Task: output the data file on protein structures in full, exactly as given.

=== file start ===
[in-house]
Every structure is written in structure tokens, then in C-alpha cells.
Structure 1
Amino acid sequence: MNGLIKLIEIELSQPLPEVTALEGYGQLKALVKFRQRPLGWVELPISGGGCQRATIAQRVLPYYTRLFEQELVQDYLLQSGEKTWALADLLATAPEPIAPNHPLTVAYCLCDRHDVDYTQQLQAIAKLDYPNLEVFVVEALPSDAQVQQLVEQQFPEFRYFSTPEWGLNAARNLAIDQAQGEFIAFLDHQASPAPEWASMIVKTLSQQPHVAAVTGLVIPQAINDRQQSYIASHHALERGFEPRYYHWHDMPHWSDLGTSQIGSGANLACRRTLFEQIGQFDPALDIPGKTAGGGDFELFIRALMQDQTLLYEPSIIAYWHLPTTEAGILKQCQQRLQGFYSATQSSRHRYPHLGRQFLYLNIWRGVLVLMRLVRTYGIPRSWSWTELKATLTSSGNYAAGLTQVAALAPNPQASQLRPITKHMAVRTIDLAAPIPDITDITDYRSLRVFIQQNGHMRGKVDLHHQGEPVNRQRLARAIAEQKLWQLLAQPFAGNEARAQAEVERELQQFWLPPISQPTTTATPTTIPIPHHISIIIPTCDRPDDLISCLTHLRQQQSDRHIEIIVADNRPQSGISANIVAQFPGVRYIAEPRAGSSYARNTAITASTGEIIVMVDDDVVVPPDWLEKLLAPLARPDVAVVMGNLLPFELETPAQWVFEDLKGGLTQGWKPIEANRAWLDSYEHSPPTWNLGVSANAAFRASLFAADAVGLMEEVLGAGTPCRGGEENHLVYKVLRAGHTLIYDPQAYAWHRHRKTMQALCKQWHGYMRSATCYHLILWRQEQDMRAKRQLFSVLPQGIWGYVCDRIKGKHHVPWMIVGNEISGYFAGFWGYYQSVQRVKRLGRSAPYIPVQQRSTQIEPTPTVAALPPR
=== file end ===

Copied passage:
[in-house]
Every structure is written in structure tokens, then in C-alpha cells.
Structure 1
Amino acid sequence: MNGLIKLIEIELSQPLPEVTALEGYGQLKALVKFRQRPLGWVELPISGGGCQRATIAQRVLPYYTRLFEQELVQDYLLQSGEKTWALADLLATAPEPIAPNHPLTVAYCLCDRHDVDYTQQLQAIAKLDYPNLEVFVVEALPSDAQVQQLVEQQFPEFRYFSTPEWGLNAARNLAIDQAQGEFIAFLDHQASPAPEWASMIVKTLSQQPHVAAVTGLVIPQAINDRQQSYIASHHALERGFEPRYYHWHDMPHWSDLGTSQIGSGANLACRRTLFEQIGQFDPALDIPGKTAGGGDFELFIRALMQDQTLLYEPSIIAYWHLPTTEAGILKQCQQRLQGFYSATQSSRHRYPHLGRQFLYLNIWRGVLVLMRLVRTYGIPRSWSWTELKATLTSSGNYAAGLTQVAALAPNPQASQLRPITKHMAVRTIDLAAPIPDITDITDYRSLRVFIQQNGHMRGKVDLHHQGEPVNRQRLARAIAEQKLWQLLAQPFAGNEARAQAEVERELQQFWLPPISQPTTTATPTTIPIPHHISIIIPTCDRPDDLISCLTHLRQQQSDRHIEIIVADNRPQSGISANIVAQFPGVRYIAEPRAGSSYARNTAITASTGEIIVMVDDDVVVPPDWLEKLLAPLARPDVAVVMGNLLPFELETPAQWVFEDLKGGLTQGWKPIEANRAWLDSYEHSPPTWNLGVSANAAFRASLFAADAVGLMEEVLGAGTPCRGGEENHLVYKVLRAGHTLIYDPQAYAWHRHRKTMQALCKQWHGYMRSATCYHLILWRQEQDMRAKRQLFSVLPQGIWGYVCDRIKGKHHVPWMIVGNEISGYFAGFWGYYQSVQRVKRLGRSAPYIPVQQRSTQIEPTPTVAALPPR